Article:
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Old 01-31-2014, 10:09 PM
 
Location: East coast
613 posts, read 918,177 times
Reputation: 306

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All parts of the United States are equally American by default. The beaches of Hawaii and rural Alabama may be so different, but none is more or less American than midtown Manhattan or the Ozarks or a booming oil town in the Dakotas.

I hear some people denounce other parts of the country as feeling less "real American" than other parts. Why do people feel the need to claim this? Is it the idea that places that are more recently settled, have more transplants etc. have less of a strong character?
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Old 02-03-2014, 06:45 PM
 
56 posts, read 63,096 times
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I think the media are trying to characterize America as white or black, full of muscle cars, and rural.

Cosmopolitan areas are NOT considered "American", even though, as you stated earlier, they are by definition "American."
I am actually of Indian descent (but I was born and brought up in this country). I feel no less American than other White or Black Americans, even though people ask me, "Where are you from?" When I answer, "Silver Spring, MD", they ask me again, "No, but where are you REALLY from?"

It gets old. Also, some people try to characterize America as "English-speaking," but there are some parts of the country that mostly speak Spanish or even French (as in places in Maine or Vermont). I don't think one area is more American than the other. If you saw the Coke ad for the Super Bowl, it really made me feel like I was a part of the country, despite my skin color and the languages I know (I know English and Spanish fluently, a bit of Hindi and Tamil, and a bit of Chinese). Also, my family drives Hondas (which were actually built in Indiana, I believe). I'm American, even though I'm from the diverse suburbs of DC.

Last edited by wisvishr0; 02-03-2014 at 06:46 PM.. Reason: media is plural
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Old 02-03-2014, 07:58 PM
 
1,709 posts, read 1,729,328 times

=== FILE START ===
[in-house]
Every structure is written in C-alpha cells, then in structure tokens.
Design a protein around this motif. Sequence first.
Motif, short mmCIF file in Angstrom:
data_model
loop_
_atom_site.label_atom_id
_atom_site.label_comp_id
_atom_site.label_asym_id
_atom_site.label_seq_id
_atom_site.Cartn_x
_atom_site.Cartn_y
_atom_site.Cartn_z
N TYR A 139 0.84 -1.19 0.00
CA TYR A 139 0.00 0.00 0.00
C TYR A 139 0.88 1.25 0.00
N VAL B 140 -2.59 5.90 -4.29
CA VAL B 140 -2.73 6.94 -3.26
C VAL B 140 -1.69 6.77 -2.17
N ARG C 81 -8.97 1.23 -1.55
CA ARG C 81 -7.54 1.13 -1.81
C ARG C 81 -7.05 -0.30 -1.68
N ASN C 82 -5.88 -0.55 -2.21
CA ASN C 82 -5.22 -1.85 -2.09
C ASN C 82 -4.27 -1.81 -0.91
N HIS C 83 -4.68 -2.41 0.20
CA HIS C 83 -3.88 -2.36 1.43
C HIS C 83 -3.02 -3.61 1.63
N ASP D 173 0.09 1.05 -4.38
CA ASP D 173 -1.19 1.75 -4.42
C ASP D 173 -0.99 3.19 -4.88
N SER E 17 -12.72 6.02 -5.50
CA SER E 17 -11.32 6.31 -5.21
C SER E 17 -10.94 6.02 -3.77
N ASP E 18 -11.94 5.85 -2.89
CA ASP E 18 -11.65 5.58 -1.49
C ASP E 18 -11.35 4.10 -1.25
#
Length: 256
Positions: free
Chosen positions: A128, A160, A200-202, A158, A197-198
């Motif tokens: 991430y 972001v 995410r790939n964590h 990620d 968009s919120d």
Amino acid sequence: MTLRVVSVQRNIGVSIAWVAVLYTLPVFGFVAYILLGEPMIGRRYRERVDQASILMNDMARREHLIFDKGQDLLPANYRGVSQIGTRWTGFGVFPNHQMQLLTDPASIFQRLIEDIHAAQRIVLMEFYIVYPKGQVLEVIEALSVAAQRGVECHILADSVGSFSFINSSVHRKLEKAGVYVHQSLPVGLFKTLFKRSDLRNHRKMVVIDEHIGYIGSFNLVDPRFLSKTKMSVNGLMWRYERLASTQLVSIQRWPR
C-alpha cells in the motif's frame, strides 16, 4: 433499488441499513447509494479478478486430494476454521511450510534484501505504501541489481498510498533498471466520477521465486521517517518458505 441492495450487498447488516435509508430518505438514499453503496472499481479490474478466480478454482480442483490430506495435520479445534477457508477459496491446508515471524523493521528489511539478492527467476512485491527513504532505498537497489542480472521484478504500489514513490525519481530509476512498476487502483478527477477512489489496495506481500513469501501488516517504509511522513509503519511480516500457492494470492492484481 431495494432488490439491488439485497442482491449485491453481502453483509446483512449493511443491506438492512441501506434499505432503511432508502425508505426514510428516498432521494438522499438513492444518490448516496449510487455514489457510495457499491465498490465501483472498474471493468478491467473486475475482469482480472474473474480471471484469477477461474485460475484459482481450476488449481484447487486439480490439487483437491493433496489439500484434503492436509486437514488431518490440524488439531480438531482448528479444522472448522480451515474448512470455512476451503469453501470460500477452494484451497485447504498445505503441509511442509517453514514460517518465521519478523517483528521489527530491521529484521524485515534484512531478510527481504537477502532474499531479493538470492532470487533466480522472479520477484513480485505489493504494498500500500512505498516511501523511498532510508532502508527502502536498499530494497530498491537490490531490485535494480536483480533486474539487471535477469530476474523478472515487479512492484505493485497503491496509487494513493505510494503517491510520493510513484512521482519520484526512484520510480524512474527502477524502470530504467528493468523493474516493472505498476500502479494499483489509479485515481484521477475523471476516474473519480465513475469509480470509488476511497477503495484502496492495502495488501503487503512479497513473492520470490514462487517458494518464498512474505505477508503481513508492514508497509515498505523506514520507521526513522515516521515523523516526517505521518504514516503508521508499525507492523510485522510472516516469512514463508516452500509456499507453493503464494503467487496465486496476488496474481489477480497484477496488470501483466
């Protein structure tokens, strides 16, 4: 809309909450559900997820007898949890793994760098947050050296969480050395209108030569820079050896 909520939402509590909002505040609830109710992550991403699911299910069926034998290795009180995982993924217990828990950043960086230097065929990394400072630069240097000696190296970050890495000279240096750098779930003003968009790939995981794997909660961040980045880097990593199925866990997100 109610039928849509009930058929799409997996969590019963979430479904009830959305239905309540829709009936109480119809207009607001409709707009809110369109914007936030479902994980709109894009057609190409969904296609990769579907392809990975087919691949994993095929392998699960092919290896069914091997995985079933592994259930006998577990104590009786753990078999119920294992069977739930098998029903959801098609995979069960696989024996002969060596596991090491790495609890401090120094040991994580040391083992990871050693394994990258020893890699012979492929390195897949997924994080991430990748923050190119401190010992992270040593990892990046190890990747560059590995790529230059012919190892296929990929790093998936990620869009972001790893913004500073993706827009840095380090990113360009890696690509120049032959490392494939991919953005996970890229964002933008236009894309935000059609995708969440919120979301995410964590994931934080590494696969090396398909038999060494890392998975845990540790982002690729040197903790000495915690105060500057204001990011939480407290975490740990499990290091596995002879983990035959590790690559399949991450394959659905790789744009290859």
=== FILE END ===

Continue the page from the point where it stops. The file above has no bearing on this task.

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It's all about perspective, really. People tend to pick what they like about the place they live and correlate it with things they like about the country. They see where they live as "American" because they identify "American" characteristics as dealing with home, which they then apply to their own individual home.
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Old 02-03-2014, 11:44 PM
 
12,870 posts, read 10,962,349 times
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The stereotypical "America" (especially to foreigners, I think) is the idea of rural small towns, cars, patriotism, and I think of religion and conservatism but that may just be me. The stereotypical America is often the Midwest.

In reality, a small town in Kansas is not much different than a small town in New Jersey. New York City may be large, diverse, and a lot to handle for many but it doesn't make it any less American. It encompasses a different common idea of America - a nation of hard working immigrants who work for a better life for their children, the American dream. I guess it depends on how you view America but at the end of the day it IS all the same. It's not like any state is more "American" than another. There are small suburban towns, rural areas, and large cities everywhere in the US.
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Old 02-04-2014, 09:02 AM
 
372 posts, read 644,010 times
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I don't know why either, but I think it's more that the diversity is different now. I've even heard old New Yorkers say New York was more American in the 50's, and I think it was because then all the Imigrant groups were pretty assimilated and that it seemed to have its focus more on america then on being a world city.

To me America is diversity. Anywhere in America is America. Being cosmopolitan doesn't make a city non-american. Sure New York or LA or SF might like to be considered world cities, but they still have an American character. If you lose that national character what's the point?
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Old 02-04-2014, 09:52 AM
 
Location: South Beach and DT Raleigh
11,827 posts, read 19,244,959 times
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I think that knowing less about ones own (total) country and the world around us makes one more likely to self identify in a nationalistic way. Ignorance about the world around us also fosters misunderstanding and fear which contributes to a reaffirming self image built around a presumed superior national identity as "American".
That's just my opinion based on being well travelled and having lived in (or having relatives living in) all distinct quadrants of this country outside of Hawaii and Alaska.
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Old 02-04-2014, 11:53 AM
 
Location: East of the Sun, West of the Moon
15,762 posts, read 18,404,922 times
Reputation: 31935
There is definitely a 'real' America. Politicians refer to it all the time and they wouldn't lie, would they? Would they turn one American against another? I don't think so. That would be patently un-American.
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